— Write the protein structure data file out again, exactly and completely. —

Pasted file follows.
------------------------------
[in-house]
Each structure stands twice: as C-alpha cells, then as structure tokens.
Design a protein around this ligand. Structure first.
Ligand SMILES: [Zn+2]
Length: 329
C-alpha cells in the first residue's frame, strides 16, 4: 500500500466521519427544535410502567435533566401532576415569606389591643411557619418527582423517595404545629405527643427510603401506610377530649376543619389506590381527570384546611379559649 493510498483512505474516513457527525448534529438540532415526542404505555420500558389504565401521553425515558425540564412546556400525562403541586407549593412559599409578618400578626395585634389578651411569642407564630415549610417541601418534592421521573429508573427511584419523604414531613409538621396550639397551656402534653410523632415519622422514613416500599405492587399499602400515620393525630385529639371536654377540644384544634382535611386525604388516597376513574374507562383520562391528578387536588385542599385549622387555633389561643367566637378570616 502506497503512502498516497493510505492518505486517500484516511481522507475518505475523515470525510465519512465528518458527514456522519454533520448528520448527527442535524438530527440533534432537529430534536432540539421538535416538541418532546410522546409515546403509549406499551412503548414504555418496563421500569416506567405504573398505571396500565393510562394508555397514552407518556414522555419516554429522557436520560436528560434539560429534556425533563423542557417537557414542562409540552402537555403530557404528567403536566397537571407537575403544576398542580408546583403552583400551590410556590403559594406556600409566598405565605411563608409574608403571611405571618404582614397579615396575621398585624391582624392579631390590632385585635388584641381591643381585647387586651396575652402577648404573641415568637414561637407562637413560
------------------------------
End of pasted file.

[in-house]
Each structure stands twice: as C-alpha cells, then as structure tokens.
Design a protein around this ligand. Structure first.
Ligand SMILES: [Zn+2]
Length: 329
C-alpha cells in the first residue's frame, strides 16, 4: 500500500466521519427544535410502567435533566401532576415569606389591643411557619418527582423517595404545629405527643427510603401506610377530649376543619389506590381527570384546611379559649 493510498483512505474516513457527525448534529438540532415526542404505555420500558389504565401521553425515558425540564412546556400525562403541586407549593412559599409578618400578626395585634389578651411569642407564630415549610417541601418534592421521573429508573427511584419523604414531613409538621396550639397551656402534653410523632415519622422514613416500599405492587399499602400515620393525630385529639371536654377540644384544634382535611386525604388516597376513574374507562383520562391528578387536588385542599385549622387555633389561643367566637378570616 502506497503512502498516497493510505492518505486517500484516511481522507475518505475523515470525510465519512465528518458527514456522519454533520448528520448527527442535524438530527440533534432537529430534536432540539421538535416538541418532546410522546409515546403509549406499551412503548414504555418496563421500569416506567405504573398505571396500565393510562394508555397514552407518556414522555419516554429522557436520560436528560434539560429534556425533563423542557417537557414542562409540552402537555403530557404528567403536566397537571407537575403544576398542580408546583403552583400551590410556590403559594406556600409566598405565605411563608409574608403571611405571618404582614397579615396575621398585624391582624392579631390590632385585635388584641381591643381585647387586651396575652402577648404573641415568637414561637407562637413560